Education Opinion

Hard-Nosed Hardigan

By Marlis Day — August 01, 1993 6 min read
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The summer that I was 11 years old, my family moved from the city to a small town, my father’s hometown. Hesitant to leave my neighborhood friends, movie theater, and especially the city pool, I was assured of all the wonderful opportunities that only small towns afford. “The whole town is just like one big family,” my father imparted convincingly. “The kids are friendlier and the teachers more caring. Small towns are like that.”

I soon blended with the 6th grade crowd. It was amazing to me how interrelated my classmates were and how everyone seemed to know so much about each other’s lives. Their provincial customs of addressing their friends’ parents by their first names and identifying peers by their church association were strange to this young outsider. I’d hear such things as: “That’s Fred, he’s a Baptist and a little strange, but if you knew Maymie and Ralph, you’d know why.” And true to my father’s words, the teachers appeared to have the dubious advantage of knowing the history of their students. Several quizzed me concerning my mother’s origins, as if she were from the North Star.

But it was an incident I witnessed a year after I arrived that truly showed me the ultimate truth and wisdom of my father’s words. It was a beautiful spring day, and all the windows in the school were pushed up, allowing the warm air and welcome sounds of nature to enter our sphere. Mr. Hardigan was teaching our 7th grade health class, but we 12-year-olds were not into academic achievement. We were there in body only; our spirits were floating out into the nearby fields and meadows doing those things that children long for after being cooped up during the long winter months.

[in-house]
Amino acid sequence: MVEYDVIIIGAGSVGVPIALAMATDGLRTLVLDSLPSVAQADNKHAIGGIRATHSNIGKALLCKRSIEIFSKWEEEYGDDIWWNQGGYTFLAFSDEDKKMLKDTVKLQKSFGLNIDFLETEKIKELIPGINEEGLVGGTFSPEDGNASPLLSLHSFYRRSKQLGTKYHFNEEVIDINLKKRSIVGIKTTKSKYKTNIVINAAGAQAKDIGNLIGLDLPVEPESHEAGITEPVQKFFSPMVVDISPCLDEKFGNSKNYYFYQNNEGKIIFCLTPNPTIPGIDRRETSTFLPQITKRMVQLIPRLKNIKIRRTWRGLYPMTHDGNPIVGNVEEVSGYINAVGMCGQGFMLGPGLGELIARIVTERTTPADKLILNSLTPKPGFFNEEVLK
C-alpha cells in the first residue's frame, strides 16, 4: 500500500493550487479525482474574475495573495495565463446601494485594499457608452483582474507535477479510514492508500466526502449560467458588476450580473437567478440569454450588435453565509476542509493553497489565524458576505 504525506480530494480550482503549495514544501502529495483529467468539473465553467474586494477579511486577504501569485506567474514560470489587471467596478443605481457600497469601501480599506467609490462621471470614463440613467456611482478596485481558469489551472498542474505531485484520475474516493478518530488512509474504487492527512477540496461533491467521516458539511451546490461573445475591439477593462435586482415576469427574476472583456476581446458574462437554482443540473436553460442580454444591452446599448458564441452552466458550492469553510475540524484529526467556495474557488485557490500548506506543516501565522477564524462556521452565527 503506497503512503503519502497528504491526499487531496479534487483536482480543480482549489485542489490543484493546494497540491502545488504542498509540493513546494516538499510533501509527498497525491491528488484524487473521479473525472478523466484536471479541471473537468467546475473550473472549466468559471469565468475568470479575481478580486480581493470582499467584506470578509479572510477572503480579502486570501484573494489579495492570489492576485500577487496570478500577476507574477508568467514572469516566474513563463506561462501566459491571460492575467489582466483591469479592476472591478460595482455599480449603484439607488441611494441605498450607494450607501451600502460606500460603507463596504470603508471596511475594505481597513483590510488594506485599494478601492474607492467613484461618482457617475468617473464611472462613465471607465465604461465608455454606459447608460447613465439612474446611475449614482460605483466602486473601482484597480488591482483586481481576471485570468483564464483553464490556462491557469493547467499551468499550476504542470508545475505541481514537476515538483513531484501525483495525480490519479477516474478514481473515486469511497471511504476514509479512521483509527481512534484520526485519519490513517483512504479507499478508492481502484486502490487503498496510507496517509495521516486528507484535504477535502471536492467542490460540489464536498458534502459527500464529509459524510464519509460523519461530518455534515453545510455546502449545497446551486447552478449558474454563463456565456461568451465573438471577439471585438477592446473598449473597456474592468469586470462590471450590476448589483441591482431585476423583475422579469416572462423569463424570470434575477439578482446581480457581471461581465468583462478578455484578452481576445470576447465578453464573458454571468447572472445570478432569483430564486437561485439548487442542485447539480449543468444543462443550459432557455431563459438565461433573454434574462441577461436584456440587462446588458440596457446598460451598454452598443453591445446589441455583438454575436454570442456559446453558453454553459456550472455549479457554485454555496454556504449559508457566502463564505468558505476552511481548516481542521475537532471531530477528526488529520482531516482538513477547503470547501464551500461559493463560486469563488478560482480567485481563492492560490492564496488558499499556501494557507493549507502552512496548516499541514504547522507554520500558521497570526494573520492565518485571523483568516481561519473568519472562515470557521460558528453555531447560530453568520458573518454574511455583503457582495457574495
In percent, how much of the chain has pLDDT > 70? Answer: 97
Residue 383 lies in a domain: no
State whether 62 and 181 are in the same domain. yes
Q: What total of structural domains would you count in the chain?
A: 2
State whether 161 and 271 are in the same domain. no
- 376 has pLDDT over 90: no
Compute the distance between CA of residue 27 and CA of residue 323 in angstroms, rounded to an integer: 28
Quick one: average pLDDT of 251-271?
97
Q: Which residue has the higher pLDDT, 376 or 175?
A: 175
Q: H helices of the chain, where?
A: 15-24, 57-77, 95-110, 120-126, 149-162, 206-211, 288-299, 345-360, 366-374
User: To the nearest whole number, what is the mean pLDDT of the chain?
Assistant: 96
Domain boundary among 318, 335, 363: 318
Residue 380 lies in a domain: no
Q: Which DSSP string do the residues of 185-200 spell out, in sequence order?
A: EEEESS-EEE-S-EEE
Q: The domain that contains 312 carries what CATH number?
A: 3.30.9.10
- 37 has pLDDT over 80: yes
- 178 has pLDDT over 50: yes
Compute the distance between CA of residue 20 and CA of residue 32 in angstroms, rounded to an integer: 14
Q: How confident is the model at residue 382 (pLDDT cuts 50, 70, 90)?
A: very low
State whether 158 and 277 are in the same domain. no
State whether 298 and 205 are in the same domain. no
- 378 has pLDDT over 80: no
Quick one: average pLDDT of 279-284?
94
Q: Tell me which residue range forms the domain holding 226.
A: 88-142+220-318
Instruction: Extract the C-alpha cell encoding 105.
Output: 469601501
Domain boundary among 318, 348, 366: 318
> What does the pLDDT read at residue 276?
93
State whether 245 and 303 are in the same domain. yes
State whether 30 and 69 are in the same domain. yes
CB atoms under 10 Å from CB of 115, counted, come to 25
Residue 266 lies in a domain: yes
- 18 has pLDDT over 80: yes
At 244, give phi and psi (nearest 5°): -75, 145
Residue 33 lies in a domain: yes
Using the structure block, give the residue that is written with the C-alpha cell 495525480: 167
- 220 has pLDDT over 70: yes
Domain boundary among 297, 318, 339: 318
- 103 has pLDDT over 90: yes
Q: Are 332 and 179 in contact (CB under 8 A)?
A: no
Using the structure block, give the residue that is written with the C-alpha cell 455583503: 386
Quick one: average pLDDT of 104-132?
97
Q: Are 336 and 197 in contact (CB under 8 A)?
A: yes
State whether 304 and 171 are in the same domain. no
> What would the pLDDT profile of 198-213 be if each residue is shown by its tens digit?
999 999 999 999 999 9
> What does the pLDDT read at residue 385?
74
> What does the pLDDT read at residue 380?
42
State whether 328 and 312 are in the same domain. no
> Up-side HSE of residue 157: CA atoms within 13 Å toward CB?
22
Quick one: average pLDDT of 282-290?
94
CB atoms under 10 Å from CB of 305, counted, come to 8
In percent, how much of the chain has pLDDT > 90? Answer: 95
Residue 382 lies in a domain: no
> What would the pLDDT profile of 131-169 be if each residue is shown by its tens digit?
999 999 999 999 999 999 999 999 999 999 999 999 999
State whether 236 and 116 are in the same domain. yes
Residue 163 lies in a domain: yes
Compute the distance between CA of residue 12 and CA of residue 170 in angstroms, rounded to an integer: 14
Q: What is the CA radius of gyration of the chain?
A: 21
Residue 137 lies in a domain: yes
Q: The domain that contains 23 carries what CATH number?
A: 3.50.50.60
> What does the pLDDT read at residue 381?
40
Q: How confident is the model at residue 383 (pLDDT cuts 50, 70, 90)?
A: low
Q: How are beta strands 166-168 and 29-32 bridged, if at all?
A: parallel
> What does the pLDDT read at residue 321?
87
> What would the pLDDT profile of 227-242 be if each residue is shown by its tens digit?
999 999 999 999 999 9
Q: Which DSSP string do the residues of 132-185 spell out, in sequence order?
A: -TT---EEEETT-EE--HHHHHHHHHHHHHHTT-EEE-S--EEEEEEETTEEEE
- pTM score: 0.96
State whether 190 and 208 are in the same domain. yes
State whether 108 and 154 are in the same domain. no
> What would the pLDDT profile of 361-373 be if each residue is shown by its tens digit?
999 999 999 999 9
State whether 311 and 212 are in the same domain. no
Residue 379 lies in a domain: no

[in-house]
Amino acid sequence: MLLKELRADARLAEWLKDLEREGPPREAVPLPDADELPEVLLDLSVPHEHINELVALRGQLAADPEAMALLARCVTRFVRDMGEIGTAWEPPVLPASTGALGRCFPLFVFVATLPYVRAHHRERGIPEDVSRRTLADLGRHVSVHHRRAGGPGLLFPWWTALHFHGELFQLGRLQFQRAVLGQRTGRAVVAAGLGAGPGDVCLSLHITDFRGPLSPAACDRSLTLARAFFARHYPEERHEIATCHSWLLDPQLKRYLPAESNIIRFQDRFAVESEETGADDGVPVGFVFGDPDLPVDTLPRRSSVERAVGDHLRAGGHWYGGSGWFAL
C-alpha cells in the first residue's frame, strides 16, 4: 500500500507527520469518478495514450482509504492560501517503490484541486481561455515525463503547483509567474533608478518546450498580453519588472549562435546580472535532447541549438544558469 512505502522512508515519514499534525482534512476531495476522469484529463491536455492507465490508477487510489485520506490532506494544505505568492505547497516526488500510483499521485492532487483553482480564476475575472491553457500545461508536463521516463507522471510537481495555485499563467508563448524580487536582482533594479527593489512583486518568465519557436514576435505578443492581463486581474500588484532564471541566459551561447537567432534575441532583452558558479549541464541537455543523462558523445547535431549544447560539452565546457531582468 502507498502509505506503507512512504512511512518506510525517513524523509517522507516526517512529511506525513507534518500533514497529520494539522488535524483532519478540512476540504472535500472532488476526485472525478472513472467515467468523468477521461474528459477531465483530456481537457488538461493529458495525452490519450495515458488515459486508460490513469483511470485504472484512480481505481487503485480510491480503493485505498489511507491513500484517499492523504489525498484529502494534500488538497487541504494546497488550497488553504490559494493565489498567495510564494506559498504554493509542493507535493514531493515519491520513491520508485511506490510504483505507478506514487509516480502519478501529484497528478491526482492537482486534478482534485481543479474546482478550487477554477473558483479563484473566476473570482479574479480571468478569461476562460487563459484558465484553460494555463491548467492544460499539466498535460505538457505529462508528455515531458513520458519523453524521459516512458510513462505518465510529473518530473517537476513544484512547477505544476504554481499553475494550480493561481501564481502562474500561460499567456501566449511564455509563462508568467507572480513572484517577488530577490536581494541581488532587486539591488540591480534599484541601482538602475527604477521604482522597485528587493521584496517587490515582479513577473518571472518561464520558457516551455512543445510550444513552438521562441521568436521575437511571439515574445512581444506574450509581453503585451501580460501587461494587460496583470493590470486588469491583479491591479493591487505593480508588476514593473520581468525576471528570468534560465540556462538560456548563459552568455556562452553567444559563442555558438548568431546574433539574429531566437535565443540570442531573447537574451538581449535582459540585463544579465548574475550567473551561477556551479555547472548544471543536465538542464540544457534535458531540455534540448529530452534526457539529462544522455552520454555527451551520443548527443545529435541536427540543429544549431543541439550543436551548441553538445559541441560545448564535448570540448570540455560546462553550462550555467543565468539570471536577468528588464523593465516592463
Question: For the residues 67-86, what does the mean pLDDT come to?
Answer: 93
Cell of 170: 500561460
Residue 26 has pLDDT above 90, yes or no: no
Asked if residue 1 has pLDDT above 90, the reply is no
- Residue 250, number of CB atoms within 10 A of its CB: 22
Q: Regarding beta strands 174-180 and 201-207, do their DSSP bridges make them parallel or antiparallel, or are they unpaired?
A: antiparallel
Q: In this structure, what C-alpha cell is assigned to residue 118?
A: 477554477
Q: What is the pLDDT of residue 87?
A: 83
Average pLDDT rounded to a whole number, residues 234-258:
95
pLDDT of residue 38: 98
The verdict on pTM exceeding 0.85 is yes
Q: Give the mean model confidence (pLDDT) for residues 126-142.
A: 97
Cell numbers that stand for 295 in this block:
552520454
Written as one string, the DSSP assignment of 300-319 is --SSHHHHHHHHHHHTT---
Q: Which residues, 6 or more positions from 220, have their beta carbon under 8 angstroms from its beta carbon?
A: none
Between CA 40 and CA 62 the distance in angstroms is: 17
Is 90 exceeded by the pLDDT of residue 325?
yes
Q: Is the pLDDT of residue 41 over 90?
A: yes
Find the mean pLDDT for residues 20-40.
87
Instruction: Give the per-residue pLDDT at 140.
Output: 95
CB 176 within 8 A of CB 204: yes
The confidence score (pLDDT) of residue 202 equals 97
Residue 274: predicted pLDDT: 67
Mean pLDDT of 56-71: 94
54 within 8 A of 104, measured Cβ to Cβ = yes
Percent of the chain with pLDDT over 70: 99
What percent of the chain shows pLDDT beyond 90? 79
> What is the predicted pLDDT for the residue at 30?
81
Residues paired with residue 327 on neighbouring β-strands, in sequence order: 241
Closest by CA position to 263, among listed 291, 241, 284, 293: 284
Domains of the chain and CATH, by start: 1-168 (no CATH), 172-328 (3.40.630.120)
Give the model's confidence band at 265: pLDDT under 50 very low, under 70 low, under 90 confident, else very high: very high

Our versatile teacher, who seemed to be licensed to teach everything, had diligently taught in that same antiquated brick building for 40 years. Not only our parents but also some of our grandparents had been taught by this austere man. We ascertained that he must have come over on the Mayflower.

This tall, gruff teacher with his wire-rimmed glasses and thin black hair parted down the middle allowed no nonsense in his classes and was more intimidating than any man I had ever encountered. It seemed to be his awesome duty to act as a paragon of dignity and preserve the sanctity of the classroom.

Our stern taskmaster, who had been given the gift of glare, squelched our various disruptive behavior patterns with the speed of light. The tactics of this avenging thunderbolt were legendary. If his stern countenance and resounding voice did not merit complete attention, a sharp rap with his knuckles on a perpetrator’s head usually worked. And, more than once, we had witnessed a wooden armchair being hurtled toward the door with its passenger intact and wide-eyed.

Real life usually lacks such grand gestures, and we recorded them diligently. We agreed he was surely a member of the American Nazi party and faithfully obeyed his injunctions.

As he droned on that particular day about whatever it is that fills 7th grade health books, I was suddenly but irrevocably called from my reverie by the strong and distinct smell of...fingernail polish! Looking immediately across the aisle, I saw what made my 12-year-old heart almost stop: My classmate, Mandy Blake, always a risk-taker, was polishing her nails—IN HARD-NOSED HARDIGAN’S CLASS!

Mandy, who was quite flippant and unfailingly braver than the rest of us, lived with her elderly aunt and uncle. She was undeniably the prettiest girl in the class, and her carnal knowledge far exceeded that of her classmates.

Drawn by the draft of the open windows, the pungent smell of fresh nail polish permeated the room, like ripples caused by a pebble tossed into a pond. Heads turned one by one as our classmates identified the pervasive smell and discreetly searched for its source. Incredulity soon gave way to fear. I knew it would soon reach Mr. Hardigan’s olfactory senses, and, with my usual lack of composure, I hysterically made futile attempts to warn Mandy of her impending doom.